Win with White fruits and vegetables. Some of you know my thoughts on cholesterol and its contribution to the "Silent Killer". White fruits and vegetables contain the natural pigament called anthoxanthin. They may also contain a beneficial chemical, allicin, that may help lower blood pressure and cholesterol. Remember, high cholesterol is rarely high due to consuming dietary cholesterol, it is usually a result of an increased intake of trans fats and saturated fats.

     Moral of this blog is to educate and inform individuals on the importance of eating a variety of healthy foods. If we lack variety, we lack nutrients. If you are in need of more detailed information or meal plans, contact a Registered Dietician, such as Angelique Marquez or Megan Mullin.

Here are a few colorful healthy recipes to guide us all on our path of living a healthy lifestyle. Enjoy!

Colorful Corn 'n' Bean Salad

 Colorful Corn 'n' Bean Salad
This quick recipe couldn’t be easier…the liquid from the corn relish makes the fuss-free dressing! And because there’s no mayo, it’s a perfect salad to bring along on summer outings.—TerryAnn Moore, Vineland, New Jersey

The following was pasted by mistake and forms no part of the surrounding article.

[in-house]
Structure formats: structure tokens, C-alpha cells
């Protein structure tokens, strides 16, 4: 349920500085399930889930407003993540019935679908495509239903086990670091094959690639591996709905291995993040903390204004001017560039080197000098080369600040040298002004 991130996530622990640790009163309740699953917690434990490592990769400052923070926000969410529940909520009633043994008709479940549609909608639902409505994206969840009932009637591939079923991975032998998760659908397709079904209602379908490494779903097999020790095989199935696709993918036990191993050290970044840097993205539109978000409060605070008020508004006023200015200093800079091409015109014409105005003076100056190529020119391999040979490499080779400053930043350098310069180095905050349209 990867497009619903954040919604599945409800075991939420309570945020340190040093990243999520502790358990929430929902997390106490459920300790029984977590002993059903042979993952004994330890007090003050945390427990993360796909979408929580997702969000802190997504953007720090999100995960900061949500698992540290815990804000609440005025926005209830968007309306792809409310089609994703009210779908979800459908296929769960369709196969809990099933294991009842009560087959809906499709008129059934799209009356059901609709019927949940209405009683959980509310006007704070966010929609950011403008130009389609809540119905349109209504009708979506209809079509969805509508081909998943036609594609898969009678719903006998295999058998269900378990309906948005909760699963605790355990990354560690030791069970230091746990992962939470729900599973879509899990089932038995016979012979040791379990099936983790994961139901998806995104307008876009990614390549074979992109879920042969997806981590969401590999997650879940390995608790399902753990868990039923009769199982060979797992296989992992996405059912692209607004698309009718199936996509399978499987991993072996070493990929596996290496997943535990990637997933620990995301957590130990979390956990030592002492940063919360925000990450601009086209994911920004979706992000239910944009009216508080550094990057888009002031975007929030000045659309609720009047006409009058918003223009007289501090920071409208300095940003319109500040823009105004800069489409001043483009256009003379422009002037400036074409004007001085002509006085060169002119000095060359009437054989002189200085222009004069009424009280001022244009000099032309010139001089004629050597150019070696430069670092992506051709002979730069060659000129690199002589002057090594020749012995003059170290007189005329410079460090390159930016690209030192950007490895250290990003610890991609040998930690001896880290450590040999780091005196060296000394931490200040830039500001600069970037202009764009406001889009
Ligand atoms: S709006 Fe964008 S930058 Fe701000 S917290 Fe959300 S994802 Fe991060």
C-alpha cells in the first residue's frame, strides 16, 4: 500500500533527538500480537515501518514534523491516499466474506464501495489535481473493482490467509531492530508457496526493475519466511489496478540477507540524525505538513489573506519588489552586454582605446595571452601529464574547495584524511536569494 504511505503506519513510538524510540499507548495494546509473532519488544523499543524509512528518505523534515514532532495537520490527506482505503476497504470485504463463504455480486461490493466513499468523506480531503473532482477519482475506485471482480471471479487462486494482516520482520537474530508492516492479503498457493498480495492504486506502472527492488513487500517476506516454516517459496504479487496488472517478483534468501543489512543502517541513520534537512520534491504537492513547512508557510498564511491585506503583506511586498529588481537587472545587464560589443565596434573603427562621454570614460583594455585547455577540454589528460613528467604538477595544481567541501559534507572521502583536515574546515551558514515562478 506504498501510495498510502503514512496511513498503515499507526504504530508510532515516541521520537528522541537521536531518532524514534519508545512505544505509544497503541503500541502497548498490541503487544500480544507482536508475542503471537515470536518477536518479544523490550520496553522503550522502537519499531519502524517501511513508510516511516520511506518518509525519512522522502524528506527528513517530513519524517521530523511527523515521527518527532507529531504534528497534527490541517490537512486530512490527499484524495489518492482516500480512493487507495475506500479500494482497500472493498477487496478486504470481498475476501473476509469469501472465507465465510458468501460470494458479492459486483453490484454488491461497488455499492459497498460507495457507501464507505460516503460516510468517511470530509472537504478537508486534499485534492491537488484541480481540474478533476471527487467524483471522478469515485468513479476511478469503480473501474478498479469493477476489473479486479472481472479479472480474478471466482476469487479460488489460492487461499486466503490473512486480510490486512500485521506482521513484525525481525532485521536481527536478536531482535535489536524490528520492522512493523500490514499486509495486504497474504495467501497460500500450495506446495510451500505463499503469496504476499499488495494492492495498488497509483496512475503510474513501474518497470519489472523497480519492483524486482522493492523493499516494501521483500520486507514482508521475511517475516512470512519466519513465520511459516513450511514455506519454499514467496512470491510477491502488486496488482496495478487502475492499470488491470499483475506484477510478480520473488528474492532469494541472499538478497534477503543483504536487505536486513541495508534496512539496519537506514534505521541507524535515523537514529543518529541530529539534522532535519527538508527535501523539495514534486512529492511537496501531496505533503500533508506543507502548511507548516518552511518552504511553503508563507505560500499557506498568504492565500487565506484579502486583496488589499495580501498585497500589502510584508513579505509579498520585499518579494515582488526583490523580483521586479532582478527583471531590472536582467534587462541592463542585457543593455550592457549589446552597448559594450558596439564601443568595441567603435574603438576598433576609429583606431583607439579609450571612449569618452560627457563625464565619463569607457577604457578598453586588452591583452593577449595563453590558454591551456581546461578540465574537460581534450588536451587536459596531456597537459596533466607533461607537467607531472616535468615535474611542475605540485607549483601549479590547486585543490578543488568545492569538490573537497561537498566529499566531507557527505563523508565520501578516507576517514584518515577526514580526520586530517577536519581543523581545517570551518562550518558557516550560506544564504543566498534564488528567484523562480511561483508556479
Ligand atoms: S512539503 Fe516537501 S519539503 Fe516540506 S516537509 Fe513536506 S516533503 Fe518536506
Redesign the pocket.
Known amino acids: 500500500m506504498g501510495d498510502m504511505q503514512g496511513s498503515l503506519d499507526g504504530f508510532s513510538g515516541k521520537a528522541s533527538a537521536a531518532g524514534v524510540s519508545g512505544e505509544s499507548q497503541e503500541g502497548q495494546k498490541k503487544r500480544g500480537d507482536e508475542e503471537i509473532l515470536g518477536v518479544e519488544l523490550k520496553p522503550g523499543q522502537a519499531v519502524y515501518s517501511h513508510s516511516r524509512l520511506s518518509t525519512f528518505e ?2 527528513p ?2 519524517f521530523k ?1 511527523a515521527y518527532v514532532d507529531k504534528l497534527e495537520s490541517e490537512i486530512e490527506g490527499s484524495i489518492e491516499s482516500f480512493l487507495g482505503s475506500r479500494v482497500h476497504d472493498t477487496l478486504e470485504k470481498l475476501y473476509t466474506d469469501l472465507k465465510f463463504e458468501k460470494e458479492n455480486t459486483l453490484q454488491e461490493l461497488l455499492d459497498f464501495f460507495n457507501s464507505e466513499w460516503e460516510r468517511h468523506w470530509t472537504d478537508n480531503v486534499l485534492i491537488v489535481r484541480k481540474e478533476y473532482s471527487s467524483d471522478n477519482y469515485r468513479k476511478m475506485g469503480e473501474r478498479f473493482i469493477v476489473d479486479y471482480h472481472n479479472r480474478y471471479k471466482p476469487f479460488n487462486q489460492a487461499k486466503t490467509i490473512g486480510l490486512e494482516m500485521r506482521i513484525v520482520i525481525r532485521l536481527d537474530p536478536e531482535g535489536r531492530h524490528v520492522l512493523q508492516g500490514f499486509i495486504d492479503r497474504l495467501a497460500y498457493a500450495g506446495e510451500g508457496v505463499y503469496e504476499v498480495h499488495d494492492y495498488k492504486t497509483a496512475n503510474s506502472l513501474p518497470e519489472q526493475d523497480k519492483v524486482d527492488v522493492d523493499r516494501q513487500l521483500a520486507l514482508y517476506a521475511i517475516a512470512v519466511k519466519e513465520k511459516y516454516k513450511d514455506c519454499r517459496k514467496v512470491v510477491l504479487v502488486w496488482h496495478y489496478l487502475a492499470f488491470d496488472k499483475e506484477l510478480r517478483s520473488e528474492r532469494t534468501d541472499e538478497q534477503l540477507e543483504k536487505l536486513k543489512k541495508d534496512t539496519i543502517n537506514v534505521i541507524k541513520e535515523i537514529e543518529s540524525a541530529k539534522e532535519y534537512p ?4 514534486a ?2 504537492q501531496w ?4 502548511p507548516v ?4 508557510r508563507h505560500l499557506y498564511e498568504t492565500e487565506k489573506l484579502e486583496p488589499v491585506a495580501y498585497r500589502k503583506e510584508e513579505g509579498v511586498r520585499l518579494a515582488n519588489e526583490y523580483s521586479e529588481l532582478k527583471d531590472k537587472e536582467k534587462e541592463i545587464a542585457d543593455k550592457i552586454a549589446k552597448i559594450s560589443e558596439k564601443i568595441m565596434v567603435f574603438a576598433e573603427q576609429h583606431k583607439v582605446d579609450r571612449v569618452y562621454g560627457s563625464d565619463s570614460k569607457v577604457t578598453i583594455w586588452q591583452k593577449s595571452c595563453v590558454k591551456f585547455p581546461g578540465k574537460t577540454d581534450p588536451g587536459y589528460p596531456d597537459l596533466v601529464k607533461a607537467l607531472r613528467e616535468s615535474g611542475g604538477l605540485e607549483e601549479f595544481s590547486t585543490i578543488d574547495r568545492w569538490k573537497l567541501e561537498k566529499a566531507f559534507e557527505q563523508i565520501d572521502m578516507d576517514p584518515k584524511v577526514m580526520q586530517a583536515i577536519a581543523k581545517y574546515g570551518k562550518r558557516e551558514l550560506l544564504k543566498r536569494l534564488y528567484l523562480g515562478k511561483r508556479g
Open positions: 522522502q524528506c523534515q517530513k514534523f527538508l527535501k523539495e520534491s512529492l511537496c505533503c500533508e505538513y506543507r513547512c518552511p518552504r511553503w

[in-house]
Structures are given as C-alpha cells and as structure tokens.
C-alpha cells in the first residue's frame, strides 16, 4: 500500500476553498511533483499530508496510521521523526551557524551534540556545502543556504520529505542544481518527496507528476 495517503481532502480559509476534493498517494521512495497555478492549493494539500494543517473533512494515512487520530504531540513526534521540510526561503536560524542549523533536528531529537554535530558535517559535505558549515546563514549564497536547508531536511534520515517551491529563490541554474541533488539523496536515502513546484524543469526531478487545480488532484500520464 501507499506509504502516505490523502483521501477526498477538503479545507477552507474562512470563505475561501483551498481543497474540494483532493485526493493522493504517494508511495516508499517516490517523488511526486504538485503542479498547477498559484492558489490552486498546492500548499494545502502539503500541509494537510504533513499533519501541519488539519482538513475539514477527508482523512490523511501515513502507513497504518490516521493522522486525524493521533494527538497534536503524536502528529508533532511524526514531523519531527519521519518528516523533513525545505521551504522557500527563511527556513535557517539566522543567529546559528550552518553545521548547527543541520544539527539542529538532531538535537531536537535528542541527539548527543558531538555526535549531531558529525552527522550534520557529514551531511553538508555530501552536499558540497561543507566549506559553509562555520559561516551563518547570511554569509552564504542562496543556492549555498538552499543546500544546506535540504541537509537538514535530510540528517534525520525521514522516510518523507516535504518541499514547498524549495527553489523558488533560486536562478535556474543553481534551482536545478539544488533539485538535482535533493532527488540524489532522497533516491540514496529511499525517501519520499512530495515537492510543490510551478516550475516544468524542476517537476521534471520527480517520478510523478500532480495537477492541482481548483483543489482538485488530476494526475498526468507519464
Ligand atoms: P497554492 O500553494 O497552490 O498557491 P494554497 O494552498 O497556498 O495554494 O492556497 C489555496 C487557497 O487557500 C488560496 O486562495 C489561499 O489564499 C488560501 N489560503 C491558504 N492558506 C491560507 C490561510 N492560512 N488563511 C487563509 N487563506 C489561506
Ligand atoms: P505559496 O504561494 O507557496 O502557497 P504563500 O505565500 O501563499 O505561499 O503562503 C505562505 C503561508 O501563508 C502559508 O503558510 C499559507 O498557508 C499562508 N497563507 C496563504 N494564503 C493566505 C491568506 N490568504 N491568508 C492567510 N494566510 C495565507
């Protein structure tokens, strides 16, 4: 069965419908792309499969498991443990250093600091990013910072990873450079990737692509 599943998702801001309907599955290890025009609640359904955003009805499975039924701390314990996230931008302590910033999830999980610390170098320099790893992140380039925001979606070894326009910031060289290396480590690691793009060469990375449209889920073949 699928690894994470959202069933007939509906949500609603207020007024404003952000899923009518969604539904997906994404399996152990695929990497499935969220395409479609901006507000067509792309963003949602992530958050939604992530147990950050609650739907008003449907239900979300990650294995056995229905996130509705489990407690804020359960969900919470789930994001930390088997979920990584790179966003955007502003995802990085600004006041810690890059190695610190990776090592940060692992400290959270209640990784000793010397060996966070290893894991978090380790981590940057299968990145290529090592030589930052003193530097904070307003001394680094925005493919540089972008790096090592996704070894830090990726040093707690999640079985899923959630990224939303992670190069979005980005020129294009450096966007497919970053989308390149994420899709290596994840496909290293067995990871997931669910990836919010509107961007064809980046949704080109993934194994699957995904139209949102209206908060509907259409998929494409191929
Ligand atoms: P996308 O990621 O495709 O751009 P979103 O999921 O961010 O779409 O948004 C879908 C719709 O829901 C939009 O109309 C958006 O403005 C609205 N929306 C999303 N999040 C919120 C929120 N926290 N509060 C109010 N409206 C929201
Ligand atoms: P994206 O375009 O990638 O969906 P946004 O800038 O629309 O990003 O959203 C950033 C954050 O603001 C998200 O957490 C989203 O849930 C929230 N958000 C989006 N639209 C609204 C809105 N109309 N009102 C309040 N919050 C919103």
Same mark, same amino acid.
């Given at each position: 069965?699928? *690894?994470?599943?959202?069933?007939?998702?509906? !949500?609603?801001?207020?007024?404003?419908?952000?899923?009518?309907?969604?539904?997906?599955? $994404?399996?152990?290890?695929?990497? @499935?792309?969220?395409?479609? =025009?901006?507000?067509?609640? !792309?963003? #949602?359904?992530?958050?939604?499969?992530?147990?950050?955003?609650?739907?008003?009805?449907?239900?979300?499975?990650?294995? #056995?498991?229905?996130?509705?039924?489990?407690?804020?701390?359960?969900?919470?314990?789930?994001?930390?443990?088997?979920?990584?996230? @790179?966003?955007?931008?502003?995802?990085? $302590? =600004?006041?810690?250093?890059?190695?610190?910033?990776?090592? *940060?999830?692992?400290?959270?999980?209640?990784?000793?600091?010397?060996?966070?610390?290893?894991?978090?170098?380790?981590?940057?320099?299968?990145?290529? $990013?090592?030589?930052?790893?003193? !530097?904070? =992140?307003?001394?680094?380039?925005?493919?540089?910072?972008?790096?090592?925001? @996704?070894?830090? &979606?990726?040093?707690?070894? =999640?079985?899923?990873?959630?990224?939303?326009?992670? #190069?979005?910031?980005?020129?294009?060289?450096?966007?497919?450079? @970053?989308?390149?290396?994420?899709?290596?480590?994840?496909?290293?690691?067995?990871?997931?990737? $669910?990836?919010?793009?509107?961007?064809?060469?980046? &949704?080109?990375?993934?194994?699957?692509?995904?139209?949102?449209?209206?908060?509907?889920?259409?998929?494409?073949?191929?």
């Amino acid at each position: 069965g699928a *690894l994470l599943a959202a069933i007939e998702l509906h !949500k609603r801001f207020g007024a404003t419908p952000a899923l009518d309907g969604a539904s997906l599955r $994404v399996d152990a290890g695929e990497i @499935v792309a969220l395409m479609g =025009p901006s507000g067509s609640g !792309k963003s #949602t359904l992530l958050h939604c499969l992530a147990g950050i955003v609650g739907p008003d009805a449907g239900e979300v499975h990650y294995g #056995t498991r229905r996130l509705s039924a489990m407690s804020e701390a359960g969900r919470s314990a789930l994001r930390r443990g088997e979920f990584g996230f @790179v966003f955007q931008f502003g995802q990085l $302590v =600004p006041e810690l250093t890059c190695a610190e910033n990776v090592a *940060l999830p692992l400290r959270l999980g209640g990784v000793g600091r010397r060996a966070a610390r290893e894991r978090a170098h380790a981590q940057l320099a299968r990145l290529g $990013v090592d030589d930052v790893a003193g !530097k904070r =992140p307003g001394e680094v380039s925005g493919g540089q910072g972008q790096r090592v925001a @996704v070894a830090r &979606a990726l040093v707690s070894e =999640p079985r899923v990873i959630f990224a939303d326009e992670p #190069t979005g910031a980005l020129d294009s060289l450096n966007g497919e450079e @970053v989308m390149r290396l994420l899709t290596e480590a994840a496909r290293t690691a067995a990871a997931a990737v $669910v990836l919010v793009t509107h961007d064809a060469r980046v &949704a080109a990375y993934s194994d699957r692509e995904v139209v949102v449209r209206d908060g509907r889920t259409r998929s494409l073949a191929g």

12 ServingsPrep/Total Time: 15 min.


  • 1 can (15 ounces) black beans, rinsed and drained
  • 1 jar (13 ounces) corn relish
  • 1/2 cup canned kidney beans, rinsed and drained
  • 1/2 cup quartered cherry tomatoes
  • 1/2 cup chopped celery
  • 1/4 cup chopped sweet orange pepper
  • 1/4 cup sliced pimiento-stuffed olives
  • 2 teaspoons minced fresh parsley


  • In a large bowl, combine all ingredients. Cover and refrigerate until
  • serving. Yield: 12 servings.
Nutrition Facts: 1/2 cup equals 80 calories, 1 g fat (trace saturated fat), 0 cholesterol, 217 mg sodium, 16 g carbohydrate, 2 g fiber, 2 g protein. Diabetic Exchange: 1 starch.
Click here to find out more!